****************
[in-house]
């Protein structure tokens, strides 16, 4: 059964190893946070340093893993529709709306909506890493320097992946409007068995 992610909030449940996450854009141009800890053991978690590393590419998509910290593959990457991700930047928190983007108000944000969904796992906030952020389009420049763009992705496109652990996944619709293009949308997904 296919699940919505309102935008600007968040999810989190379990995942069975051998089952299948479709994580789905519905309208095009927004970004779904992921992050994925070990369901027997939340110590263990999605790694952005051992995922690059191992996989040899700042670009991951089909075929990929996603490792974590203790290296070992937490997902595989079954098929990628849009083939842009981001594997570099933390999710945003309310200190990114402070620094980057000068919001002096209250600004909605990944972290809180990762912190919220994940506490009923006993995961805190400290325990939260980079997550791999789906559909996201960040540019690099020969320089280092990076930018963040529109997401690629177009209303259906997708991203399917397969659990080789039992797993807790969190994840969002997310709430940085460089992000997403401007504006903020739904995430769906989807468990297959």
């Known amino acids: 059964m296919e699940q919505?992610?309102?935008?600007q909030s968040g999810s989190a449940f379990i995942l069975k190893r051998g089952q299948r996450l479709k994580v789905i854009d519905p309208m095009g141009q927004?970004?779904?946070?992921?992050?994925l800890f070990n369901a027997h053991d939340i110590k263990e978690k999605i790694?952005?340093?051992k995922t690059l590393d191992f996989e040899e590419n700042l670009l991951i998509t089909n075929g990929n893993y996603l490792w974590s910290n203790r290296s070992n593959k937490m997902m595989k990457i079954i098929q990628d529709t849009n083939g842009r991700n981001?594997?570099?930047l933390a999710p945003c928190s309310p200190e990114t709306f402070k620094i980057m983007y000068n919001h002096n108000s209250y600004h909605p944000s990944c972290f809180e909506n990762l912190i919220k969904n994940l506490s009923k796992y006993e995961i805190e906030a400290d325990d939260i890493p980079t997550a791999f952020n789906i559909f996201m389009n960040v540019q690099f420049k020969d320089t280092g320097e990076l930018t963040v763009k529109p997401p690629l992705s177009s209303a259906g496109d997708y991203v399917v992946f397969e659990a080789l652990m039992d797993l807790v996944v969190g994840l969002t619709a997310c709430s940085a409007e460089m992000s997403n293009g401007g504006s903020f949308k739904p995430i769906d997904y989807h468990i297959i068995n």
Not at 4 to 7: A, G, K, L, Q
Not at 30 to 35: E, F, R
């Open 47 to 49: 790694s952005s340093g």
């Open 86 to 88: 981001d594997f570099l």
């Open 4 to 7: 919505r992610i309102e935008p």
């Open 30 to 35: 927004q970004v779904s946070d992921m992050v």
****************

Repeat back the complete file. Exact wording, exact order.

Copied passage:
[in-house]
């Protein structure tokens, strides 16, 4: 059964190893946070340093893993529709709306909506890493320097992946409007068995 992610909030449940996450854009141009800890053991978690590393590419998509910290593959990457991700930047928190983007108000944000969904796992906030952020389009420049763009992705496109652990996944619709293009949308997904 296919699940919505309102935008600007968040999810989190379990995942069975051998089952299948479709994580789905519905309208095009927004970004779904992921992050994925070990369901027997939340110590263990999605790694952005051992995922690059191992996989040899700042670009991951089909075929990929996603490792974590203790290296070992937490997902595989079954098929990628849009083939842009981001594997570099933390999710945003309310200190990114402070620094980057000068919001002096209250600004909605990944972290809180990762912190919220994940506490009923006993995961805190400290325990939260980079997550791999789906559909996201960040540019690099020969320089280092990076930018963040529109997401690629177009209303259906997708991203399917397969659990080789039992797993807790969190994840969002997310709430940085460089992000997403401007504006903020739904995430769906989807468990297959």
């Known amino acids: 059964m296919e699940q919505?992610?309102?935008?600007q909030s968040g999810s989190a449940f379990i995942l069975k190893r051998g089952q299948r996450l479709k994580v789905i854009d519905p309208m095009g141009q927004?970004?779904?946070?992921?992050?994925l800890f070990n369901a027997h053991d939340i110590k263990e978690k999605i790694?952005?340093?051992k995922t690059l590393d191992f996989e040899e590419n700042l670009l991951i998509t089909n075929g990929n893993y996603l490792w974590s910290n203790r290296s070992n593959k937490m997902m595989k990457i079954i098929q990628d529709t849009n083939g842009r991700n981001?594997?570099?930047l933390a999710p945003c928190s309310p200190e990114t709306f402070k620094i980057m983007y000068n919001h002096n108000s209250y600004h909605p944000s990944c972290f809180e909506n990762l912190i919220k969904n994940l506490s009923k796992y006993e995961i805190e906030a400290d325990d939260i890493p980079t997550a791999f952020n789906i559909f996201m389009n960040v540019q690099f420049k020969d320089t280092g320097e990076l930018t963040v763009k529109p997401p690629l992705s177009s209303a259906g496109d997708y991203v399917v992946f397969e659990a080789l652990m039992d797993l807790v996944v969190g994840l969002t619709a997310c709430s940085a409007e460089m992000s997403n293009g401007g504006s903020f949308k739904p995430i769906d997904y989807h468990i297959i068995n």
Not at 4 to 7: A, G, K, L, Q
Not at 30 to 35: E, F, R
């Open 47 to 49: 790694s952005s340093g």
């Open 86 to 88: 981001d594997f570099l």
């Open 4 to 7: 919505r992610i309102e935008p």
């Open 30 to 35: 927004q970004v779904s946070d992921m992050v």